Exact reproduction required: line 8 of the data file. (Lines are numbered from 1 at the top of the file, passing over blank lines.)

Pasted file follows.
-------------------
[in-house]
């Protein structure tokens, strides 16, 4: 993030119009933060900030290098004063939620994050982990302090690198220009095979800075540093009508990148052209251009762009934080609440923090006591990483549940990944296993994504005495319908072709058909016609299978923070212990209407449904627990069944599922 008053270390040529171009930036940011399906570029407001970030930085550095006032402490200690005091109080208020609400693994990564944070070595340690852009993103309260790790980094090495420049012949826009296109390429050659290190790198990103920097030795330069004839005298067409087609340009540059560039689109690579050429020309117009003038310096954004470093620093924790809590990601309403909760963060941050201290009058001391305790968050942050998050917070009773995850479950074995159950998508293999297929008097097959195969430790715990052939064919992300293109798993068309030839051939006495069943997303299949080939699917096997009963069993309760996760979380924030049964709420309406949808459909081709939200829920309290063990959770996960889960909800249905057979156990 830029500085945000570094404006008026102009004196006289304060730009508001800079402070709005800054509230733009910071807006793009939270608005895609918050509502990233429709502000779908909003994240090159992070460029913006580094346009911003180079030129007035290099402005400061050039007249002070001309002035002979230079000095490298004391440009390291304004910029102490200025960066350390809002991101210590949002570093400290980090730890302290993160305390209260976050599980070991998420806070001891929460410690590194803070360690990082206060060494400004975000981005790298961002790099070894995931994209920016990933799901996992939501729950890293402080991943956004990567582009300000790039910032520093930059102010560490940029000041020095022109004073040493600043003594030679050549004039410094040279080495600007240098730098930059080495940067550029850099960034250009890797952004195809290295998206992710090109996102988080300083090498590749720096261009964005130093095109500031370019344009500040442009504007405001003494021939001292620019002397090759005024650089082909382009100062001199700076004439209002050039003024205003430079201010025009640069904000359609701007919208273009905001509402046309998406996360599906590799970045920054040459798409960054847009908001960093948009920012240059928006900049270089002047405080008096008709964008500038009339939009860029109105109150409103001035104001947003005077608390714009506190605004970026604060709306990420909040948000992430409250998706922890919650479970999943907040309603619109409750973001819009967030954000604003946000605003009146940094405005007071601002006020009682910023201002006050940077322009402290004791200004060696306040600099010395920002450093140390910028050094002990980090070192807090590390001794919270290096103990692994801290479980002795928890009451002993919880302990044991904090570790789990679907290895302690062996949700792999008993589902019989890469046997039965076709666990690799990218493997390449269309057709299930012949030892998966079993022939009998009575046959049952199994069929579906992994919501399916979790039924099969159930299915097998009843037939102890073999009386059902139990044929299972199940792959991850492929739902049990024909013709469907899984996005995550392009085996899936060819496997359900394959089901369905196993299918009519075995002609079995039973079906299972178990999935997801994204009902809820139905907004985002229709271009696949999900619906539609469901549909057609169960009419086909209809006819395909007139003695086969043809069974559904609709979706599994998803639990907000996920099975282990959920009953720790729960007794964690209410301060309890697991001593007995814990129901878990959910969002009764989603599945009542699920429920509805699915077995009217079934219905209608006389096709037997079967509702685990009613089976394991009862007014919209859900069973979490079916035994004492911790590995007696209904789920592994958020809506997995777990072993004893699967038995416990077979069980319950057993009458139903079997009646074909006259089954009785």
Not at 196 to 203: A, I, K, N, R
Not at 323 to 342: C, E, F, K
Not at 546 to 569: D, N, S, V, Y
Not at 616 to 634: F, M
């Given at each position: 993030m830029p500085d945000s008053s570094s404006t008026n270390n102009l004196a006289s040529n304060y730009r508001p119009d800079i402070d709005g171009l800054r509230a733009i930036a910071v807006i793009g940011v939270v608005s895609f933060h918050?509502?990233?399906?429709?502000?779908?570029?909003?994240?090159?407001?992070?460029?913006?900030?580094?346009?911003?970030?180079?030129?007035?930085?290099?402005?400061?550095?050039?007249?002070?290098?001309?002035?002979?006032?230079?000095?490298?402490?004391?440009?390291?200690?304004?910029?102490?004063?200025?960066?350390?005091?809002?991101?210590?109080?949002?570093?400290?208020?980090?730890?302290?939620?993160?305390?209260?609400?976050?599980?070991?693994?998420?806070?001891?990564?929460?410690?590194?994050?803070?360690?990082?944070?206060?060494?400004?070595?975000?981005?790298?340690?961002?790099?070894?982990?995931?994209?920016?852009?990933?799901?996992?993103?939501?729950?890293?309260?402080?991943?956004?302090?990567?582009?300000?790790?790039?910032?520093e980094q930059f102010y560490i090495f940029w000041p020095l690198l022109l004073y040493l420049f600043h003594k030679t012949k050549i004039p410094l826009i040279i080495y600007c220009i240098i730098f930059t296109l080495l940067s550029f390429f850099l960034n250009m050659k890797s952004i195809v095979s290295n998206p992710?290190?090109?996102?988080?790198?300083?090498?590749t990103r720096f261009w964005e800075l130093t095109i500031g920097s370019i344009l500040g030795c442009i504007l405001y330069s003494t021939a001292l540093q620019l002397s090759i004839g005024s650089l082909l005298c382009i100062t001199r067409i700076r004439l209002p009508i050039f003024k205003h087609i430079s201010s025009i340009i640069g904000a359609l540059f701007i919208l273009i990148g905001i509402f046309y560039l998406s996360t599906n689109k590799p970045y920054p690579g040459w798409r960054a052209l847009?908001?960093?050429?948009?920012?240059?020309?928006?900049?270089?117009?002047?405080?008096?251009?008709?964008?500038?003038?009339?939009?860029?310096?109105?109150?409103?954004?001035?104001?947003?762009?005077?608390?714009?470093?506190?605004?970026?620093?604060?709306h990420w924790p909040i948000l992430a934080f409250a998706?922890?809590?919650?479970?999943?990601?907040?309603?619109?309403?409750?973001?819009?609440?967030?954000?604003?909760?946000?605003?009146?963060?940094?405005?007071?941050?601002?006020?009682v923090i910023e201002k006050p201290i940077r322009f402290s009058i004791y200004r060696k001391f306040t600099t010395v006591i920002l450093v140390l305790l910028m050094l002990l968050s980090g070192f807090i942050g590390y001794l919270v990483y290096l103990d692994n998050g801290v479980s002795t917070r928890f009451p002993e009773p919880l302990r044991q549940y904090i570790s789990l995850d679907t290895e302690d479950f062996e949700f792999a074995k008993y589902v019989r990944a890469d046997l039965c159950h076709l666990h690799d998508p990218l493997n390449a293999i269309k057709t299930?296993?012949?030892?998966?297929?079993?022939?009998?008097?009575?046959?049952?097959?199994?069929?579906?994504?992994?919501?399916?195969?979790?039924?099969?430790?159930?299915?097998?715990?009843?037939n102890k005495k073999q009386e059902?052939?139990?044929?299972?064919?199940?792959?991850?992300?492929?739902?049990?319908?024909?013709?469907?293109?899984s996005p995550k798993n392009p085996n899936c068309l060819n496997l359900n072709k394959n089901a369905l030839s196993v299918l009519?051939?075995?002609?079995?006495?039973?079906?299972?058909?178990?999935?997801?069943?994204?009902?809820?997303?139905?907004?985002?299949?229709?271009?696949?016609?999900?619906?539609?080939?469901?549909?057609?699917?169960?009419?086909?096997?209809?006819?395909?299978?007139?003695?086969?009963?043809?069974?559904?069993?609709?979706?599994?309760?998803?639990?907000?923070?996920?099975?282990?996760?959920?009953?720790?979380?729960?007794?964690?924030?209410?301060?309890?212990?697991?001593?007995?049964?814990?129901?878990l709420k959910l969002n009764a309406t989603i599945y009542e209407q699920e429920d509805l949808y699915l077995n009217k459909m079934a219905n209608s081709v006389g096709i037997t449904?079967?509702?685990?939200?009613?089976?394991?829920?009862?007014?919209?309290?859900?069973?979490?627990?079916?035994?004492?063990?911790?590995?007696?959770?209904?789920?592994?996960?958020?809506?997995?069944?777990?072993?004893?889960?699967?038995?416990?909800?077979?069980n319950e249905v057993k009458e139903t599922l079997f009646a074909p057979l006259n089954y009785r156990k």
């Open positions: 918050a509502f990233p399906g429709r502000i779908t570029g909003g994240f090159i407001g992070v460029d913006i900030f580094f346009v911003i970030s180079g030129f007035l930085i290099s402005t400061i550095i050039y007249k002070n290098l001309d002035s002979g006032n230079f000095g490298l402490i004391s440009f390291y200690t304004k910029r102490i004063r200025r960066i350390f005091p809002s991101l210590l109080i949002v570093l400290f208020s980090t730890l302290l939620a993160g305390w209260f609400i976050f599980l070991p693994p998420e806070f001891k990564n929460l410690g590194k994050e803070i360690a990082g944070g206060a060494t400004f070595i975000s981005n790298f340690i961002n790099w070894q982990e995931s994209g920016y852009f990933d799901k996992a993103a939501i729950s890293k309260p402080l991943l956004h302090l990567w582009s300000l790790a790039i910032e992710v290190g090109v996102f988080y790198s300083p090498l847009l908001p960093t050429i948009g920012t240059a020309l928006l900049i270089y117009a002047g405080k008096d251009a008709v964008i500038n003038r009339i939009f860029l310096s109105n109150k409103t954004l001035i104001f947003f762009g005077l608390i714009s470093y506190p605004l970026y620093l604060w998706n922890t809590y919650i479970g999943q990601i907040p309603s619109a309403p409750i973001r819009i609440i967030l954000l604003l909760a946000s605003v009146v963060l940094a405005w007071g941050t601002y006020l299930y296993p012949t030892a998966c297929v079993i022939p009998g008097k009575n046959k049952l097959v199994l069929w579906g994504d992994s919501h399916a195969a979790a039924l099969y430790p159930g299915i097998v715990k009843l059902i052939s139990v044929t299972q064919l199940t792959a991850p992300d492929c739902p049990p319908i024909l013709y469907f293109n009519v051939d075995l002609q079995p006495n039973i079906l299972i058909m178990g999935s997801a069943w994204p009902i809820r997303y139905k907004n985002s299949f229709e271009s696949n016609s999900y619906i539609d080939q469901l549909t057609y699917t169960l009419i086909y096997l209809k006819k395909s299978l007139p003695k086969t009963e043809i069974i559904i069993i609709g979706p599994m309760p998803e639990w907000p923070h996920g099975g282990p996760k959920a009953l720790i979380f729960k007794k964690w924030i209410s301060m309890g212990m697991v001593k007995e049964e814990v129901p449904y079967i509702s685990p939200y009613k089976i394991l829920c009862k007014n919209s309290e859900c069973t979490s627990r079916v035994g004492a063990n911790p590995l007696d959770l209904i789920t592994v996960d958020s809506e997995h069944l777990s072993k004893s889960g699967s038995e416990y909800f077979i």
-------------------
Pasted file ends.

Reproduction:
């Open positions: 918050a509502f990233p399906g429709r502000i779908t570029g909003g994240f090159i407001g992070v460029d913006i900030f580094f346009v911003i970030s180079g030129f007035l930085i290099s402005t400061i550095i050039y007249k002070n290098l001309d002035s002979g006032n230079f000095g490298l402490i004391s440009f390291y200690t304004k910029r102490i004063r200025r960066i350390f005091p809002s991101l210590l109080i949002v570093l400290f208020s980090t730890l302290l939620a993160g305390w209260f609400i976050f599980l070991p693994p998420e806070f001891k990564n929460l410690g590194k994050e803070i360690a990082g944070g206060a060494t400004f070595i975000s981005n790298f340690i961002n790099w070894q982990e995931s994209g920016y852009f990933d799901k996992a993103a939501i729950s890293k309260p402080l991943l956004h302090l990567w582009s300000l790790a790039i910032e992710v290190g090109v996102f988080y790198s300083p090498l847009l908001p960093t050429i948009g920012t240059a020309l928006l900049i270089y117009a002047g405080k008096d251009a008709v964008i500038n003038r009339i939009f860029l310096s109105n109150k409103t954004l001035i104001f947003f762009g005077l608390i714009s470093y506190p605004l970026y620093l604060w998706n922890t809590y919650i479970g999943q990601i907040p309603s619109a309403p409750i973001r819009i609440i967030l954000l604003l909760a946000s605003v009146v963060l940094a405005w007071g941050t601002y006020l299930y296993p012949t030892a998966c297929v079993i022939p009998g008097k009575n046959k049952l097959v199994l069929w579906g994504d992994s919501h399916a195969a979790a039924l099969y430790p159930g299915i097998v715990k009843l059902i052939s139990v044929t299972q064919l199940t792959a991850p992300d492929c739902p049990p319908i024909l013709y469907f293109n009519v051939d075995l002609q079995p006495n039973i079906l299972i058909m178990g999935s997801a069943w994204p009902i809820r997303y139905k907004n985002s299949f229709e271009s696949n016609s999900y619906i539609d080939q469901l549909t057609y699917t169960l009419i086909y096997l209809k006819k395909s299978l007139p003695k086969t009963e043809i069974i559904i069993i609709g979706p599994m309760p998803e639990w907000p923070h996920g099975g282990p996760k959920a009953l720790i979380f729960k007794k964690w924030i209410s301060m309890g212990m697991v001593k007995e049964e814990v129901p449904y079967i509702s685990p939200y009613k089976i394991l829920c009862k007014n919209s309290e859900c069973t979490s627990r079916v035994g004492a063990n911790p590995l007696d959770l209904i789920t592994v996960d958020s809506e997995h069944l777990s072993k004893s889960g699967s038995e416990y909800f077979i």